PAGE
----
The displays looked as if they haven't been changed in decades. Faded brown, gold and red colors framed the numerous portraits, pictures, and memorabilia. Browned paper under the displays were first in Russian, followed by Georgian, and sometimes English.

From the first few chambers of the museum, followed the death mask room. A striking contrast to the previous three, the room was the most memorable by far. On entering the round room, you walk along the walls up to an elevated platform. There, laying in the middle of the room, is a bronzed death mask of Stalin. The room is dimly lit, no windows and only two doors. If the museum is quiet, this room is dead silent. Thick rich red, almost purple fabric lines the walls and ceiling, swallowing all sound. I was so quiet, you could hear your breakfast digest and your breathing.

In that room I stood for two whole minutes, transfixed on the bronzed figure slumbering. All the while, I was being watched by one of the specters. From the other room, through the doorway.

At the front of the exhibit, like in many museums, was a guestbook. Many of the entries were written by upset and disgusted guests. Phrases like "This is a lie!" and "War criminal" were scrawled in angry lettering. They were angered by the museum's lack of truth. The museum ignored the atrocities, and that the museum painted him as a hero. Though technically they are right, I don't believe that is the purpose of this museum is to tell 'the truth'. Part Stalin's √©lan was to capture peoples affections and admiration. To the patrons of the museum, Gorians, and many other people, they still believe Stalin is a hero. They cherish their beloved local hero, and are entitled to show him as a charitable figure. The museum opinion is a bizarre, eerie opinion but exists nonetheless. The rest us must acknowledge their opinion, and respect the museum as it is. The point of the museum is for one to observe the man, his background and more importantly, the influence he still carries over us all. 

Stalin as a young man

The death mask room. You can see the curator hovering in the open doorway


This was a fun picture.

And here is Adam, being inappropriate.

Uplisikhe, a cave city nearby. There were plenty of great boulders to climb on.

Surrounding countryside of Uplisikhe



Tuesday, October 30, 2012

Thursday, October 18th to Sunday October 21st: Kazbegi


Thursday, October 18th to Sunday October 21st

The fifth week of school was over. It was during this week, I watched the film, "Dinner With Andre." The movie is dialogue entire, between two men in a restaurant. A deeply philosophical movie, one of the things they talk about is going to places, to break their routine. I wont go much further into the movie, I only speak of it because it gave me motivation to go on an excursion to Mt. Kazbegi in the North Caucus mountains, even though the other volunteers couldn't make it. Traveling alone, I would have a different experience than traveling in a group.
Having taken Friday off, and having no classes scheduled for me on Thursday, I was free to take the train to Tbilisi, and from there to Kazbegi.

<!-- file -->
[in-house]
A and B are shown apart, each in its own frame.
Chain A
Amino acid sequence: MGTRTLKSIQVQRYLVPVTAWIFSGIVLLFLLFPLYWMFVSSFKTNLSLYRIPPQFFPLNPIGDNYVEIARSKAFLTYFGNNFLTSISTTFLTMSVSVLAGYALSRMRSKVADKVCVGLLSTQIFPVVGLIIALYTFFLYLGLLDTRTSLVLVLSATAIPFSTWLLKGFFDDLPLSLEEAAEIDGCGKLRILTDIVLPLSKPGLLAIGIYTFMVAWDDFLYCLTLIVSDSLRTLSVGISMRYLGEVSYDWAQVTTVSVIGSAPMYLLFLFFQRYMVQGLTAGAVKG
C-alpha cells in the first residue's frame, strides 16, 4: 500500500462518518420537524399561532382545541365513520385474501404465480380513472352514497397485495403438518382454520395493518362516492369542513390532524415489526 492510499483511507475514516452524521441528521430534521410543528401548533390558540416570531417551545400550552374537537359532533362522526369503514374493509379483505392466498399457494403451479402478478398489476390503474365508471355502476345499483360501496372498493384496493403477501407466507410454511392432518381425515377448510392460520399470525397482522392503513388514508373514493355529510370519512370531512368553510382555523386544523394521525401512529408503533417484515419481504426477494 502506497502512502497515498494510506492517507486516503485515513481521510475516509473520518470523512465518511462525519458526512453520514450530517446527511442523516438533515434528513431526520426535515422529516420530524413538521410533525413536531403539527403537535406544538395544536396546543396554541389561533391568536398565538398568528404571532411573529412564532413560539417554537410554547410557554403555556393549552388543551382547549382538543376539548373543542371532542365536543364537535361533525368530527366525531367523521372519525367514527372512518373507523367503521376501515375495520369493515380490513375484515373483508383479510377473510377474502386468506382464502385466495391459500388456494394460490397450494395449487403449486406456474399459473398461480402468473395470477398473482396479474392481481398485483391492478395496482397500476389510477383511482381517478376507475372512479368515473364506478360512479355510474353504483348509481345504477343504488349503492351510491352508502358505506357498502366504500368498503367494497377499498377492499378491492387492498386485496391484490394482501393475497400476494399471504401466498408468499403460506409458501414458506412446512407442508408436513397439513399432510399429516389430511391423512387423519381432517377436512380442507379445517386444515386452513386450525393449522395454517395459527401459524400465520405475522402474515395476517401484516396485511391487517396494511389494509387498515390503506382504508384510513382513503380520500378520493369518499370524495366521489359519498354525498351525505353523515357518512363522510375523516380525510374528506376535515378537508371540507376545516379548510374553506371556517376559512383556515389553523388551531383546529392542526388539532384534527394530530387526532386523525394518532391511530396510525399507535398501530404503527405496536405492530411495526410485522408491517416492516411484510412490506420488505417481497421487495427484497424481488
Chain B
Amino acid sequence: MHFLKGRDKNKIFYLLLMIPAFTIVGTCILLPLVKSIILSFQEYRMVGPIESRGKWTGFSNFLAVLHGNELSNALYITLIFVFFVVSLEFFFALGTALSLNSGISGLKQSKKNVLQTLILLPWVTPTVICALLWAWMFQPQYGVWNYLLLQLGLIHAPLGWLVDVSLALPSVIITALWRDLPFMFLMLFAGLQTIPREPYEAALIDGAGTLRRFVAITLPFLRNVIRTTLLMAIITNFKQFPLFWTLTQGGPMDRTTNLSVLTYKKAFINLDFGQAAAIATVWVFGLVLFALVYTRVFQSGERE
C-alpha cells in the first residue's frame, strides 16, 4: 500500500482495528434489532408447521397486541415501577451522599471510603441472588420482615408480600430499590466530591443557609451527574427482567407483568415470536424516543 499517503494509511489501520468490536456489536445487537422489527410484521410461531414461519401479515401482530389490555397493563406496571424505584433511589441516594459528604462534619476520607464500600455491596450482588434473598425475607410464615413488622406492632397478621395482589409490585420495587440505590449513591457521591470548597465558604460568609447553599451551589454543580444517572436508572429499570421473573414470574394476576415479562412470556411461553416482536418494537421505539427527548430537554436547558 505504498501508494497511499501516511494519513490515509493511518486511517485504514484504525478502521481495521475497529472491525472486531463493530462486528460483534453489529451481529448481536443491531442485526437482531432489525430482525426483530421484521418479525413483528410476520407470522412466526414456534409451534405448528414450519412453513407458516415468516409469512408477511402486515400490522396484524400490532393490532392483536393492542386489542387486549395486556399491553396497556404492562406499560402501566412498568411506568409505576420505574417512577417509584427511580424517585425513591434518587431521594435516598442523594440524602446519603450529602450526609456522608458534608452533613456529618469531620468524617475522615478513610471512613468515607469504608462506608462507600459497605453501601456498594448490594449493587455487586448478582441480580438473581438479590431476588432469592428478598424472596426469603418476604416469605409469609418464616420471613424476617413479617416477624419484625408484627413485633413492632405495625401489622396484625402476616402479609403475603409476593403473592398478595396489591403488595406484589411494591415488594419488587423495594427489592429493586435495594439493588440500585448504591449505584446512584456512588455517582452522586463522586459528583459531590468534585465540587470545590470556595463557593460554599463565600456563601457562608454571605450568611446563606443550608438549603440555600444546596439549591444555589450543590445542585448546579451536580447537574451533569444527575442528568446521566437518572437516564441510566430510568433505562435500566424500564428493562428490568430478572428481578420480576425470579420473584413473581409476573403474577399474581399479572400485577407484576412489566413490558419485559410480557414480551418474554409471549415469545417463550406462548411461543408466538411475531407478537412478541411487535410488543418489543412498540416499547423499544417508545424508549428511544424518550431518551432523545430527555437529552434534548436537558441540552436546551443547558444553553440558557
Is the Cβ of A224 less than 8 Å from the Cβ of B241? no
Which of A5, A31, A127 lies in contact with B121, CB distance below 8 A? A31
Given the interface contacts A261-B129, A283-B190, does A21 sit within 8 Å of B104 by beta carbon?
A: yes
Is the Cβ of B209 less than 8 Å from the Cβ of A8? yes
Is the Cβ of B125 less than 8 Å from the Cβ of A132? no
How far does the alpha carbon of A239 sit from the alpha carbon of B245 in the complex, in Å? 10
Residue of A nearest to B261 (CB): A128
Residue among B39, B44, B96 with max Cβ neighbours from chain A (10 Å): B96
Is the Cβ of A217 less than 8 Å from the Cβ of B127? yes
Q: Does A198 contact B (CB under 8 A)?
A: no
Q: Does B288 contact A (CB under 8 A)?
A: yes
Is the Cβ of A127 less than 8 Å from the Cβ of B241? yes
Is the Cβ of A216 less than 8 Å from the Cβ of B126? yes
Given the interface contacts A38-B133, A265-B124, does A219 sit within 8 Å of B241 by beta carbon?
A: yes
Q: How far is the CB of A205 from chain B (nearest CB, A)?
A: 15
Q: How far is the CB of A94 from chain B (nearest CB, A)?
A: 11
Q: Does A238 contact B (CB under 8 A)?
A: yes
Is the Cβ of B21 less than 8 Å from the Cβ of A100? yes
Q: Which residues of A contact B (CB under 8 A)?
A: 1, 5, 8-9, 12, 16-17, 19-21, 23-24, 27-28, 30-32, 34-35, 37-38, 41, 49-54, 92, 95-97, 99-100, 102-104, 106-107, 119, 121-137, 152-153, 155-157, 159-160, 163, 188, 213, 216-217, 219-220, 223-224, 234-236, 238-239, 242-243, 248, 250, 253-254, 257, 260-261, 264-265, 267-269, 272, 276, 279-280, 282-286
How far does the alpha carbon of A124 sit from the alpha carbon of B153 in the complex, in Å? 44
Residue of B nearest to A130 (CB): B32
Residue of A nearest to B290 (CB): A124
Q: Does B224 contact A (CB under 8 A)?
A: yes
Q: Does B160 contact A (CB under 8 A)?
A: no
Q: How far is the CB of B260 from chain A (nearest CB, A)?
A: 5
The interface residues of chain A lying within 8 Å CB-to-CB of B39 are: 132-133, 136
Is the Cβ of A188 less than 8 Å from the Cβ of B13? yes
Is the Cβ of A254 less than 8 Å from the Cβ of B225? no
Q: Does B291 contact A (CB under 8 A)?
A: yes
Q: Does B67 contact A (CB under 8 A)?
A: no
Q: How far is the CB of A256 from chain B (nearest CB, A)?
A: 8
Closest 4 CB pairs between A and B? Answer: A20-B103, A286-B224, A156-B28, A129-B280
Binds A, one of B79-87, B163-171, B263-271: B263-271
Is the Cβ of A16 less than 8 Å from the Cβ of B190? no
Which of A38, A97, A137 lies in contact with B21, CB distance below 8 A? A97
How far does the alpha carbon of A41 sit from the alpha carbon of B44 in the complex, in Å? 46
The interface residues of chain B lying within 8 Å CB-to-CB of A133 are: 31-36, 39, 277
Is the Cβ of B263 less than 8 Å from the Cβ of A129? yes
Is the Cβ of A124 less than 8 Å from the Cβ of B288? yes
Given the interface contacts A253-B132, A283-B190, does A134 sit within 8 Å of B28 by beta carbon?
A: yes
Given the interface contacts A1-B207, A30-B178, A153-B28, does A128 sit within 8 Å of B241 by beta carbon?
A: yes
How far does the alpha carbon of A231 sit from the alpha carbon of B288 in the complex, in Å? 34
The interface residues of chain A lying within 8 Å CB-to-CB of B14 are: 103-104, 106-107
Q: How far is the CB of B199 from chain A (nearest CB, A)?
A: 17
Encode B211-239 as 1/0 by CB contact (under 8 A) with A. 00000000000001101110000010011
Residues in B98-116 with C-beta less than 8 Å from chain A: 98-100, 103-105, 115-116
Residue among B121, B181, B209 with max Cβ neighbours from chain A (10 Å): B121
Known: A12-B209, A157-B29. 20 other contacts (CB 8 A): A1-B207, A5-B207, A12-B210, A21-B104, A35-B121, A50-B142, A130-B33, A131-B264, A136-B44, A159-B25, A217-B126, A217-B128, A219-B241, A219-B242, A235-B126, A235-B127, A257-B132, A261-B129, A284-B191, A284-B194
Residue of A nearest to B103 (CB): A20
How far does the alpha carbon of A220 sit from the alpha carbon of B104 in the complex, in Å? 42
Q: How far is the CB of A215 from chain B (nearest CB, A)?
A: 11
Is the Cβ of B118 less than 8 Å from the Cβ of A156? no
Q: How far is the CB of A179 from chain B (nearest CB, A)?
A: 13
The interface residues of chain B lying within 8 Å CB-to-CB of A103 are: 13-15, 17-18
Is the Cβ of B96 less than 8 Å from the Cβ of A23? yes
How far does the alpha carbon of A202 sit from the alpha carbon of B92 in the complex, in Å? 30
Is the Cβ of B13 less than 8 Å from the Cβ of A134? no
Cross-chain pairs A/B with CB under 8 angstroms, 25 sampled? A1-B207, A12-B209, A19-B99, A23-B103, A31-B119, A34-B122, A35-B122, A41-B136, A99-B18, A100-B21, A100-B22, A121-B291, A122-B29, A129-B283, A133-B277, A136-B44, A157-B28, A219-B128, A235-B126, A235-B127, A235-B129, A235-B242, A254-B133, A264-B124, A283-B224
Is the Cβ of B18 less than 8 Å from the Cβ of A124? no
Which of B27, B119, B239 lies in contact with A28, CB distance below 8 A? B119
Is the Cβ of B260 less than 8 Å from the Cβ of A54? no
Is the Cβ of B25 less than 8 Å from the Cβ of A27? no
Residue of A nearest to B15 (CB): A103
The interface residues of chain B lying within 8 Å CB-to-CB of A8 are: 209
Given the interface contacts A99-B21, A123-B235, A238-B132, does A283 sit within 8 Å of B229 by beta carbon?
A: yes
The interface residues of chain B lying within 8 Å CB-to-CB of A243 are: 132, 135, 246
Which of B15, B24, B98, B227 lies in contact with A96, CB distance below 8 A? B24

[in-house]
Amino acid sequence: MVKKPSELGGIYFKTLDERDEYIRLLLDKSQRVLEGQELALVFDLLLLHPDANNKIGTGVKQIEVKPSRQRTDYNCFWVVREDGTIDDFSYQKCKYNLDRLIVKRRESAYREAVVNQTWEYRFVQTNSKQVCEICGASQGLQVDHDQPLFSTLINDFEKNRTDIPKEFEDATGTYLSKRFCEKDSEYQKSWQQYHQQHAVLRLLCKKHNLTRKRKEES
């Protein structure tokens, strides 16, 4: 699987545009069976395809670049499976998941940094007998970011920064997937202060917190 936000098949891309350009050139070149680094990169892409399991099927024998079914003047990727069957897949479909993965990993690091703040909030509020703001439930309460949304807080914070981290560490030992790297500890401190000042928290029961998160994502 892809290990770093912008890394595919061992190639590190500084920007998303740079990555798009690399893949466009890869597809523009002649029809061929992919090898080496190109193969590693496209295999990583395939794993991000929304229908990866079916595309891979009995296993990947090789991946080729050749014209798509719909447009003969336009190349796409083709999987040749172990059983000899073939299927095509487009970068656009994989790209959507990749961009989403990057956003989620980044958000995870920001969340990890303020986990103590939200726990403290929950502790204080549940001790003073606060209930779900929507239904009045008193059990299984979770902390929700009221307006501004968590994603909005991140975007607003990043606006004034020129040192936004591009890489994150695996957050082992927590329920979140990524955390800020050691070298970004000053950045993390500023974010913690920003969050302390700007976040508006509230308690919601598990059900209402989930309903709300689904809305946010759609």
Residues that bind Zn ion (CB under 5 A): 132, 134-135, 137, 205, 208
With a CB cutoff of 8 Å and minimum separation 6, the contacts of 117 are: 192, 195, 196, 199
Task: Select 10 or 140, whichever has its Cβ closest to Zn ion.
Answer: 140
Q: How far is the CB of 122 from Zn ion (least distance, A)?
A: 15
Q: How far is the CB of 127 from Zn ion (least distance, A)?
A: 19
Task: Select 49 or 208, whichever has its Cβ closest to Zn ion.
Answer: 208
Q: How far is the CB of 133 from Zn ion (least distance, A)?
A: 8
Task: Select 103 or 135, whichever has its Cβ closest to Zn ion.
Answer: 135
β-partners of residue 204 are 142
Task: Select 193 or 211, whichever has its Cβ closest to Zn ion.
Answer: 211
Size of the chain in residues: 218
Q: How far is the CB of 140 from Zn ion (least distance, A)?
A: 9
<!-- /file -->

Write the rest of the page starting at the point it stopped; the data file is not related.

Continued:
The train ride was another joyful trip, before sleep took over, I spoke with two men who shared my cab. The younger, more talkative one bought some beer at the Kobuleti stop, and we drank to our health and to Georgia and America, and to our families. The older one, a small man in a leather jacket, was going to Tbilisi for surgery. He works in Istanbul. For twenty five years, he has been working as a sailor. I hope the man's health picks up, I enjoyed speaking with him. Soon after drinking and eating chips, I fell asleep. Waking up in Tbilisi, I said my goodbyes to my cab-mates, and stepped off the train.
At the station, a bus was scheduled to leave to Kazbegi, a short walk and a few inquiry's later brought me to the proper minibus, scheduled to drive to Stephantsminda, the village closest to Mt Kazbegi. The bus was piled to capacity, mostly European travelers.
The road to Stephansminda is an ancient rout known as the Georgian Millitary highway. The rout travels through a pass cut by glaciers. The was built by Russian soldiers to connect Georgia to the Russian province of Chechnya, before the highway was only a dirt track. This is the place where Pompey of Rome traveled in conquest. He came, he stopped, and he turned back. Scythia, the steppe north of the Mountains was believed to be the end of the world and not worth the visit.
The day I traveled the Georgian military highway, the hill country's deciduous forest was ablaze with Autumn colors. Up at a higher elevation, the forest advances no further up the steepening slopes, yielding to subalpine grasses and sporadic birch and pine groves. The narrow river valley we are traveling in widens into a broad flat plain, carved from glaciers. From this valley, the road turned into a wide dirt track, designed for tanks and machines of war, whose treads eat asphalt that tires glide over. Our bus bounced past other cars, buses, and semi-trucks. I had read the Russian border was closed, but the stream of traffic indicated otherwise.
Across the river adjacent to the road, a village lies on slope, above a steep drop  into the river below. There was no road or bridge from where we were. The only rout I observed into that village was by a cable-car. The car looked like it could fit only two people, and hangs suspended over the river.
Past the isolated village, we drove through more towns before making our final destination to Stephantsminda.